Watching Golf Channel’s rebroadcast of the Sunday and Playoff rounds of the 1971 Open at Merion stirred memories of my first turn around Merion Golf Club, in my early 20s. It was other-worldly to me at the time, to say the least. I recall almost birdieing the 1st, and an heroic up-and-down from the deep bunker right of the 12th, but there were also some mighty struggles. But the poor golf could not come close to eclipsing the immersive, transformative experience that is Merion, a true Philadelphia treasure.

 

Ode to Merion

 

O eternal Merion, panoply of paradoxes,

Unearthed, and hewn, from spent farm and quarry,

Yet sacred as a cathedral, bestowing godless glory,

Aligning souls to Earth on misaligned tee boxes.

 

Sculpted by a neophyte, legends did engineer

A bricolage of holes ancient, modern, and mature.

The now-seasoned patina belies an honest nature,

Brutish yet cerebral, and unyieldingly severe.

 

O merciless Merion, singular in reason,

To cast dreams and realities in shadowy lights,

And separate what will be from the mights,

Purposely frustrating the charms of each season.

 

The grounds a perfection less tidy than raw,

In acreage, condensed; in imagination, immense,

Fierce in anticipation, expect no later recompense

From strokes suffered from flouting natural law.

 

O Merion the enigma, a silent juggernaut,

Seaside links ambiance with no sea to be found,

Shoehorned into town, yet a welcome neighbor,

Twisting through itself like a tight sailor’s knot.

 

Her mystique hangs in the air like a parched fog,

In discourse, no adjectives ever surround the name,

For she is definitive, resolute, a museum frame,

Art for art’s sake, or the manifesto of an ideologue.

 

O perplexing Merion, your lustre ever shines,

Of American links, a pure, august grande dame,

Approached only in earnest, demeanor calm,

To discover her wiles, rewards, and truest lines.

 

Hidden in plain sight, unassuming yet proud,

Obliging matriarch of the Philadelphia School,

A golf club frozen in a time, an idea sublime,

Preserving a game like-minded purists endowed.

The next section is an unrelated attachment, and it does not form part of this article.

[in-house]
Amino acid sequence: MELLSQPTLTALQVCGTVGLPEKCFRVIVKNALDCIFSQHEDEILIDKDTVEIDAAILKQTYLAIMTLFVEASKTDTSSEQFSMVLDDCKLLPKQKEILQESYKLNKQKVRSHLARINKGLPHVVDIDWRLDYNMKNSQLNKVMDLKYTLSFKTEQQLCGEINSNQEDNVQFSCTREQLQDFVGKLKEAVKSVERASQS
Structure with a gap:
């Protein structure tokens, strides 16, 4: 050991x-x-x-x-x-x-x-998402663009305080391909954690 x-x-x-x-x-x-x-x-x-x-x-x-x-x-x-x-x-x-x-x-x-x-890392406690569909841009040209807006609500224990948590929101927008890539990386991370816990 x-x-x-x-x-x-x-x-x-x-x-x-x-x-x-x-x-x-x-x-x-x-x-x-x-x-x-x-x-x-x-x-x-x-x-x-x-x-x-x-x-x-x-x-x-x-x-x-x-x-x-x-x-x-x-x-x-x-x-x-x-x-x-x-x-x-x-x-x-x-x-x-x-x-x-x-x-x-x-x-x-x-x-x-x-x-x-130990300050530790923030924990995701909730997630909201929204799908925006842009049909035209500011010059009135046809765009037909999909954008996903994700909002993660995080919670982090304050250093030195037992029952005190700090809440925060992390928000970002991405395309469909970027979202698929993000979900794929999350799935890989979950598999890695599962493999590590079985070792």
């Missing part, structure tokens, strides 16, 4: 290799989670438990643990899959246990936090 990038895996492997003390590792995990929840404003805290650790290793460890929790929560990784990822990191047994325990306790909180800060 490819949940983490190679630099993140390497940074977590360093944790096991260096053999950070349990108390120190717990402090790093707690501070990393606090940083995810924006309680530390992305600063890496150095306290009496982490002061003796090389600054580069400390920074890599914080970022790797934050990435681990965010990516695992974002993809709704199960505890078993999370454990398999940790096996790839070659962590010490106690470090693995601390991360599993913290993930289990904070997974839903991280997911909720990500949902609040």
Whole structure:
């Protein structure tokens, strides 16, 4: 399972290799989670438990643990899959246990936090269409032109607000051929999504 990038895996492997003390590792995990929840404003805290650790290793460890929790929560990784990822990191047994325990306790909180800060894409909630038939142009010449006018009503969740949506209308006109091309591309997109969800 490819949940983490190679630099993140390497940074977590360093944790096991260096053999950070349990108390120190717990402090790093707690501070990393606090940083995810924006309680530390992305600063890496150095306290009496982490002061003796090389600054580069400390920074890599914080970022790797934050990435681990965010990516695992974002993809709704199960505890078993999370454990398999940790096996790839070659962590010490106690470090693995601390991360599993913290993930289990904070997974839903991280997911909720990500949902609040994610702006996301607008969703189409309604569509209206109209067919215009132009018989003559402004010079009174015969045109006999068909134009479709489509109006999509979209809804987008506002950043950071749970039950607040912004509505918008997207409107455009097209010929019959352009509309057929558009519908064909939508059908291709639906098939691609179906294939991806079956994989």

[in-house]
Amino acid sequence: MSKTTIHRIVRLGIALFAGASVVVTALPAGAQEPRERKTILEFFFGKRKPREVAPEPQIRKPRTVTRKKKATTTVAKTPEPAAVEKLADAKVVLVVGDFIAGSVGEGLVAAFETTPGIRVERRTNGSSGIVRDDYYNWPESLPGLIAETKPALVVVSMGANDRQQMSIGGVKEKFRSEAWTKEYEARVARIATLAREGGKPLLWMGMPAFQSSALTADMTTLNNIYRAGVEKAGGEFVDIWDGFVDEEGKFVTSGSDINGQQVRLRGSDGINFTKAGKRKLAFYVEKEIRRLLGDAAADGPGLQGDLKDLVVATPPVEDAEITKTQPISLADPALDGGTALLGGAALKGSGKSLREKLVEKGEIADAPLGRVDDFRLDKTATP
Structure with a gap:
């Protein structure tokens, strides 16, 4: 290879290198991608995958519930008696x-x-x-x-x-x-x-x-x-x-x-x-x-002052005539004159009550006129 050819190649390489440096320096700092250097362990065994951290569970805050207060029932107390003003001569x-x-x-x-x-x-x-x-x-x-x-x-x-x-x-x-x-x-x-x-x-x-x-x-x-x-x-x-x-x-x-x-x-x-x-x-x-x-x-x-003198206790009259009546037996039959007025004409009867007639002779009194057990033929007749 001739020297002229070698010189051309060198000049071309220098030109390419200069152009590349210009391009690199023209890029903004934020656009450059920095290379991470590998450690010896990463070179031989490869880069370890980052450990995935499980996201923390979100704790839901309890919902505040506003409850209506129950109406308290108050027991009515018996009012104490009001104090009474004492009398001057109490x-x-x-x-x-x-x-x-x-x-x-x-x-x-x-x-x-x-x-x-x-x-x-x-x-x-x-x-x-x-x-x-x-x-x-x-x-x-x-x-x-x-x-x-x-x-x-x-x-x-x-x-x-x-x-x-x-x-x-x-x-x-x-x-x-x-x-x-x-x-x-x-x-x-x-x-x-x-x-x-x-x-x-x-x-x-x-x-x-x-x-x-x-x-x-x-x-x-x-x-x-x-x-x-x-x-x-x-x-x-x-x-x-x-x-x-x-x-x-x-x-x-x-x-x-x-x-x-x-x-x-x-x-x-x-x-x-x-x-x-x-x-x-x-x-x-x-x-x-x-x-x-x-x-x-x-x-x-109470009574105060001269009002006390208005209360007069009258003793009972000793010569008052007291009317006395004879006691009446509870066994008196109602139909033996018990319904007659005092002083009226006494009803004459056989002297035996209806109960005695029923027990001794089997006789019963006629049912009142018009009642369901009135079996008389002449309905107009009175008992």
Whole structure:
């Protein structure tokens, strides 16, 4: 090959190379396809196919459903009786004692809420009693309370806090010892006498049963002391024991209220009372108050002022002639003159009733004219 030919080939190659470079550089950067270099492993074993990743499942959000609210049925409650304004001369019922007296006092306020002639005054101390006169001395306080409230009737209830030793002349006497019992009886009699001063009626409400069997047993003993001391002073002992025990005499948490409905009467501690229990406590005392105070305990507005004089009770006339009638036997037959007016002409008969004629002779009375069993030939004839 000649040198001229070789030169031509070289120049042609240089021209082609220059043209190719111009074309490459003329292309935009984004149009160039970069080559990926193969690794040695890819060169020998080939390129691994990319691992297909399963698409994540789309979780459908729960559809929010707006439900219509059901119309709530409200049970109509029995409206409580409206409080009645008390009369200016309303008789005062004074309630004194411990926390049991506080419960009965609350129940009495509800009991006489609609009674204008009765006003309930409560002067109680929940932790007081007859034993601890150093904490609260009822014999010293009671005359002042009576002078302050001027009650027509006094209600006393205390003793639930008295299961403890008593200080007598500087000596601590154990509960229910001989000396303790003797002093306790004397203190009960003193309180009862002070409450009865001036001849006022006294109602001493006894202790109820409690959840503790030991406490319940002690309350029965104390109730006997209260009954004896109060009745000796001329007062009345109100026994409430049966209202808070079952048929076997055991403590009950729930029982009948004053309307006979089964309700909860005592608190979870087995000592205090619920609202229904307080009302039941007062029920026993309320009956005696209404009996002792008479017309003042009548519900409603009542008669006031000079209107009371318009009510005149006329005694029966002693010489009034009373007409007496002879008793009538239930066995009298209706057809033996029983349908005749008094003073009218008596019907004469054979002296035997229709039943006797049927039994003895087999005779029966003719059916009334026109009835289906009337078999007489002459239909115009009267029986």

Revered and feared equally in two breaths,

Her demands mount before one’s talents aspire,

Creek to quarry, where even the strongest spirits tire,

And the weaker brood over countless small deaths.

 

Ron Romanik is principal of the brand, packaging and PR consultancy Romanik Communications (www.romanik.com), located in Elverson, PA. His full bio is here.

 


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The ad in question 
Cadillacs and Unwanted Macs
Friday, May 3, 2013
By Ron Romanik

It seems GM and Cadillac have thrown away a decade of advertising strategy aimed at a younger demo with one ill-timed—but telling—detail they inserted into a recent commercial for their XTS model. The slick commercial highlights the functionality of the tablet-like touch-screen dashboard controller, named "Q." It’s funny and sad at the same time.

 

In the middle of the ad (here on YouTube), which has been out for some months, the driver’s finger selects satellite radio, scrolls down past a number of sports channels and then selects—you guessed it—PGA Tour Radio (high-res version here). I’m sure this makes perfect sense to Madison Avenue executives, or junior executives, or somebody up there. I’d love to hear them explain their reasoning to me sometime.

 

Even if you listen to PGA Tour Radio, which I don’t, no one admits to listening to it. Not to their friends, spouse, priest, therapist, barber, or themself.